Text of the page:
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Hedge fund groups sue SEC in effort to block short-selling rules

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A coalition of hedge fund groups has sued to invalidate a pair of US rules on short selling that they claim are in conflict and risk revealing investors’ positions. 

Three industry groups on Tuesday told the US federal appeals court for the fifth circuit that the Securities and Exchange Commission had taken an “arbitrary and capricious” approach when adopting two measures aimed at broadening short-selling disclosure. 

Short sellers, typically hedge funds, that want to wager that securities will fall in value must borrow stocks and bonds to make the bets before returning them to their owners. Securities lenders profit by charging a fee for the borrowed assets.

Industry groups have been arguing for months that the SEC has adopted too many rules too quickly without considering their combined impact on the securities markets, but this is the first time they have made the alleged clash the basis for a lawsuit.

The challenge takes aim at two SEC rules adopted on the same day in October. One measure requires securities lenders to report each loan individually as well as information including lending rates by the end of the day, data that is made public the next business day. Loan sizes are published 20 business days later.

The other rule requires some institutional investors to report short-selling activity that is then shared publicly on an aggregated and delayed basis. Names of the parties involved are not made public.

Short selling has long been a controversial practice with only very limited disclosure. It garnered regulatory attention most recently with the 2021 meme-stock boom and bust, when retail traders bought stocks such as retailer GameStop in the hope of financially hurting short sellers betting on price falls. 

The 2010 Dodd-Frank financial reforms that followed the 2008 global financial crisis also required the SEC to collect more information on short selling, of which the October rules were the result.  

The groups said the SEC “adopted fundamentally contradictory approaches” by opting for an aggregate, delayed disclosure regime on short positions, aimed at avoiding harms such as revealing confidential investment strategies, while requiring individual, daily disclosure of the securities loans associated with them “in a manner that effectively serves as a proxy for short-sale activity”, according to court filings.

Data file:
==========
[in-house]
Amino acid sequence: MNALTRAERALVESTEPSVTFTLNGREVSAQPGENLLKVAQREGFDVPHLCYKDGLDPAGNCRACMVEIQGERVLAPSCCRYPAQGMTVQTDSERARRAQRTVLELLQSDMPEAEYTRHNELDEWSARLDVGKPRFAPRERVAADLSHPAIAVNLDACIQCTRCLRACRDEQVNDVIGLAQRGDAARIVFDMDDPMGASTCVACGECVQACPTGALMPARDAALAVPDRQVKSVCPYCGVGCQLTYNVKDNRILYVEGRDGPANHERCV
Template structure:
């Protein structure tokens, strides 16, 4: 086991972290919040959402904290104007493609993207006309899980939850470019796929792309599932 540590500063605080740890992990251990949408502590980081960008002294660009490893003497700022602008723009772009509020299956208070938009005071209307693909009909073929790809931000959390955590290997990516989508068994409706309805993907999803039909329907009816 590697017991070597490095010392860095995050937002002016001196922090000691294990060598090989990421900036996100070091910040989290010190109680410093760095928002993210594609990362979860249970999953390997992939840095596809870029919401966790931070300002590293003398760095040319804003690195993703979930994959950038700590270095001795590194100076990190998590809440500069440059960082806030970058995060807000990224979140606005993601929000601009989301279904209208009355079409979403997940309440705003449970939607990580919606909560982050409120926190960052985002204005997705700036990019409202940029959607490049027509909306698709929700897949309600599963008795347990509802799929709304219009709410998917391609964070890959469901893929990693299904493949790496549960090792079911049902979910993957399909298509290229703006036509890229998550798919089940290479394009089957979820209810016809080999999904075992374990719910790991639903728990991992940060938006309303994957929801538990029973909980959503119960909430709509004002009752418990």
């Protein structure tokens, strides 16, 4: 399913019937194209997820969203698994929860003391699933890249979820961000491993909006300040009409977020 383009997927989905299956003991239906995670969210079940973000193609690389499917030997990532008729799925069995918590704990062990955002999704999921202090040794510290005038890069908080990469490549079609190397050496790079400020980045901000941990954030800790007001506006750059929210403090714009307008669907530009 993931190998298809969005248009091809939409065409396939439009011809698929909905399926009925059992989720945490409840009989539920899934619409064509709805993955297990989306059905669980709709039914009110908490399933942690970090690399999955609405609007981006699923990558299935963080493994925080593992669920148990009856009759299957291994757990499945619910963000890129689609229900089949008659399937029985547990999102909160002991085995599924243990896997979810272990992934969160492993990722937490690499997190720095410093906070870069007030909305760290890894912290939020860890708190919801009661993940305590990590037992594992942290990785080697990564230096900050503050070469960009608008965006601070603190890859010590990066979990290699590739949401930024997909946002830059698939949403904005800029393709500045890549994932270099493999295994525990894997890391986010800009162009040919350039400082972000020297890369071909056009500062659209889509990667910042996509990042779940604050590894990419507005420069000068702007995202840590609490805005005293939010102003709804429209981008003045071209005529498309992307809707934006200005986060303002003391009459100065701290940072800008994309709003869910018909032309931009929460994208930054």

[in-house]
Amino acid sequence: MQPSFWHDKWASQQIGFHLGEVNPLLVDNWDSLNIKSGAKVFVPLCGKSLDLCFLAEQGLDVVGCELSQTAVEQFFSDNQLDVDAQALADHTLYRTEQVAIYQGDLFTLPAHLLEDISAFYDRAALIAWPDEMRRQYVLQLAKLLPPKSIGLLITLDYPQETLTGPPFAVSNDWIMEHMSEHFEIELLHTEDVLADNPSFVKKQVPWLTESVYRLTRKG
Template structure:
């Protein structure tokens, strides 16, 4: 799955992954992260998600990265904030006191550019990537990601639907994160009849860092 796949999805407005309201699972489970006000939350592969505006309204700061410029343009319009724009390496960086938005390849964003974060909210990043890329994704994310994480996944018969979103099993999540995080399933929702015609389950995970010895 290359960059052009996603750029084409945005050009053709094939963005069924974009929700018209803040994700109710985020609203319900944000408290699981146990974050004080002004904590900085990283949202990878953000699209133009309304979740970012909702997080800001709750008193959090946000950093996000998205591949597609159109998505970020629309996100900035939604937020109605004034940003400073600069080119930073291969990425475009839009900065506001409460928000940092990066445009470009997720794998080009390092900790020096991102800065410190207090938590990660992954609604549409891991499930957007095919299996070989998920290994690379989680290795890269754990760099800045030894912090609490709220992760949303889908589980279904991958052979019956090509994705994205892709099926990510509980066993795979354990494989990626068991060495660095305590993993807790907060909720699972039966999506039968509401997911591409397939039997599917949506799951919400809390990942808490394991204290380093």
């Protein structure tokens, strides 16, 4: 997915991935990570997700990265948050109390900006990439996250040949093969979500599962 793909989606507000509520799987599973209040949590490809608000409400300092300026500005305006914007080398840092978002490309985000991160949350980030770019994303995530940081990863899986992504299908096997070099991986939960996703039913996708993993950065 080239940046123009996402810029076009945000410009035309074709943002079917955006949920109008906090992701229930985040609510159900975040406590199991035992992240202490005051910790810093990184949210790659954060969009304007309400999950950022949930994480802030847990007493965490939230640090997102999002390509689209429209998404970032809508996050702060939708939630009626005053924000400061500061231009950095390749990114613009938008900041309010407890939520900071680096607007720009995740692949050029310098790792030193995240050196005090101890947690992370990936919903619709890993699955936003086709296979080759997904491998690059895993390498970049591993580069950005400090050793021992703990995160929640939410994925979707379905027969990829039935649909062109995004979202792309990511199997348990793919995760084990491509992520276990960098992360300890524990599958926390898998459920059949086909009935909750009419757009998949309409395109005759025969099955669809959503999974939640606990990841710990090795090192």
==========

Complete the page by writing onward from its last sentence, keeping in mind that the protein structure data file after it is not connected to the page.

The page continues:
“Despite our best efforts, the SEC decided to ignore the interconnected nature of these two rulemakings and failed to apply a consistent approach or principle to regulating these related markets,” said Bryan Corbett, president and chief executive of the Managed Funds Association, one of the plaintiffs. 

Jack Inglis, chief executive at the Alternative Investment Management Association, which also joined the lawsuit, added that the SEC had “ignored calls from industry, market participants and Congress to consider the interconnectedness and aggregate impact of its rulemakings”.

The groups also argued the rules burdened markets with “substantial costs” and were at odds with the SEC’s statutory authority as well as US laws on regulatory rulemaking.

The SEC said in a statement: “The commission undertakes rulemaking consistent with its authorities and laws governing the administrative process, and we will vigorously defend challenged rules in court.”

The lawsuit over the new US disclosure rules comes as the UK is going in the opposite direction, removing transparency from the practice. Last month the UK government introduced a draft statutory instrument that will remove the requirement for hedge funds to publicly disclose when they have a short position in individual firms, replacing it with an aggregate overall figure for companies.

When adopting the rules, SEC chair Gary Gensler said it was “important for the commission and the public to know more about short-sale activity in the equity markets, especially in times of stress or volatility”. 

The lawsuit has been filed with one of the most conservative courts in the country, rather than in Washington where most SEC-related appeals are heard. This is possible because the third plaintiff — the National Association of Private Fund Managers — is based in Texas, part of the fifth circuit. The group was founded last year as the SEC’s rule blitz gathered pace.

Additional reporting by Costas Mourselas in London

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